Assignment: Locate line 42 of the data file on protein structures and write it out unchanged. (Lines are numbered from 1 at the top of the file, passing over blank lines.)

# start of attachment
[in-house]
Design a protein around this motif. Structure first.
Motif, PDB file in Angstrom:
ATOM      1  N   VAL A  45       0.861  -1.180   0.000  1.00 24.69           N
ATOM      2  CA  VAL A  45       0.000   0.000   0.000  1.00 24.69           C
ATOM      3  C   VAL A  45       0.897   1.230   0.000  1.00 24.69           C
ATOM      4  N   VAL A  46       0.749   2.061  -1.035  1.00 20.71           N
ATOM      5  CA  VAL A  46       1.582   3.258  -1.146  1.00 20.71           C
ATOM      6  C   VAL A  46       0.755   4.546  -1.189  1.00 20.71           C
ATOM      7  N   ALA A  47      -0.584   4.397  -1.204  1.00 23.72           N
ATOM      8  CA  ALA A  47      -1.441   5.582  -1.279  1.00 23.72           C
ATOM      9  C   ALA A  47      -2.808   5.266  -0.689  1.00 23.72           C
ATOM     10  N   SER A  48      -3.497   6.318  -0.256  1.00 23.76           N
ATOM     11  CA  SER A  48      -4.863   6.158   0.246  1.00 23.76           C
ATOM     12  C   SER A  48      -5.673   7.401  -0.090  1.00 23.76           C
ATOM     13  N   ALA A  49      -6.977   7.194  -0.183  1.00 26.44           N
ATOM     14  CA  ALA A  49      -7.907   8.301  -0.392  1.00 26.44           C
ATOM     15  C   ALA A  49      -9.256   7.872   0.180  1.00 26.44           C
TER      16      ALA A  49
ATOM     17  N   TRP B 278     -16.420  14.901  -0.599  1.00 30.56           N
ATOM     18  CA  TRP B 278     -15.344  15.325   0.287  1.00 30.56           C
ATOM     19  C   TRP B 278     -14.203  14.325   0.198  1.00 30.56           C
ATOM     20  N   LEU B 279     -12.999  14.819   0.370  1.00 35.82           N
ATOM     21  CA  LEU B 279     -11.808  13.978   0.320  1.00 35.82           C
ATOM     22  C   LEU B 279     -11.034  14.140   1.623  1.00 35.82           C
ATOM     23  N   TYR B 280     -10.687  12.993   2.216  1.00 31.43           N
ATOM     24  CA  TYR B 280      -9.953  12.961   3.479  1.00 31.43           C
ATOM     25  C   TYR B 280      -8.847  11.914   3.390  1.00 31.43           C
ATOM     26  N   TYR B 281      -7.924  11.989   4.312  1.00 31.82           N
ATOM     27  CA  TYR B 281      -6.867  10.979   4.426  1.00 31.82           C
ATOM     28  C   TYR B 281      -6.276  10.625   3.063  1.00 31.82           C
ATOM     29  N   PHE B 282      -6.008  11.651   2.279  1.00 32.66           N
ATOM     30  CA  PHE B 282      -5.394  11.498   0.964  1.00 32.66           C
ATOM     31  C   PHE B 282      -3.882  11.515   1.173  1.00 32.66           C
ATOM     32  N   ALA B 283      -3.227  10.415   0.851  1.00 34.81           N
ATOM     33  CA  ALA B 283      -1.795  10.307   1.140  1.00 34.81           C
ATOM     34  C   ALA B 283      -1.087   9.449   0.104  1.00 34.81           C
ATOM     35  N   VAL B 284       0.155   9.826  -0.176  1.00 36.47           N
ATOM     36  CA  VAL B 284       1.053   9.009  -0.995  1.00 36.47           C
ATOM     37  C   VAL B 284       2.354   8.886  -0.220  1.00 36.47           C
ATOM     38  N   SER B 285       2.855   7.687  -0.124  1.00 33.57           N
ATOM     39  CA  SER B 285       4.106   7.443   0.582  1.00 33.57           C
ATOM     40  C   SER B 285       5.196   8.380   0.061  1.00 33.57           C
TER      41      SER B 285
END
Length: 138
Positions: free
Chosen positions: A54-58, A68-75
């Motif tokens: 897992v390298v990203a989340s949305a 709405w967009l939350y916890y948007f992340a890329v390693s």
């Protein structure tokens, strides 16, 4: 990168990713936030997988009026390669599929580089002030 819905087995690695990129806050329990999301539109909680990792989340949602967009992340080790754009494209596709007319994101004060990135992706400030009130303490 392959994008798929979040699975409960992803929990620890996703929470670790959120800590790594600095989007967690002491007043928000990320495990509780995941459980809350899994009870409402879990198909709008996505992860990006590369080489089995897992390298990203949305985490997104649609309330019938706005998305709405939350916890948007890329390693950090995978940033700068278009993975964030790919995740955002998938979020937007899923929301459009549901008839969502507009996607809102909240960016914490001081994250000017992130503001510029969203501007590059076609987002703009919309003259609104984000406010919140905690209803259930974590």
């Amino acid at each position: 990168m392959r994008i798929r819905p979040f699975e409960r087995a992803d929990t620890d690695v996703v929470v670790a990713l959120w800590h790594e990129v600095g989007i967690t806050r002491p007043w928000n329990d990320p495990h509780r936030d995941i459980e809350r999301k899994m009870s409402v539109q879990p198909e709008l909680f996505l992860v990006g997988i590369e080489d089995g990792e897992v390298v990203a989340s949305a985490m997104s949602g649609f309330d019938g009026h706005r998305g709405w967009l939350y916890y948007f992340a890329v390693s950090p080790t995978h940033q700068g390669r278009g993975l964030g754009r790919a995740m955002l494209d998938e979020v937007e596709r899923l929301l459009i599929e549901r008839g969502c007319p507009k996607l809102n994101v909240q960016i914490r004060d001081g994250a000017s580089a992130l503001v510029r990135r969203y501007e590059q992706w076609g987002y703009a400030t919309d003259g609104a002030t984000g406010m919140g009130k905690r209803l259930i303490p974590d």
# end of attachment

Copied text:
ATOM     39  CA  SER B 285       4.106   7.443   0.582  1.00 33.57           C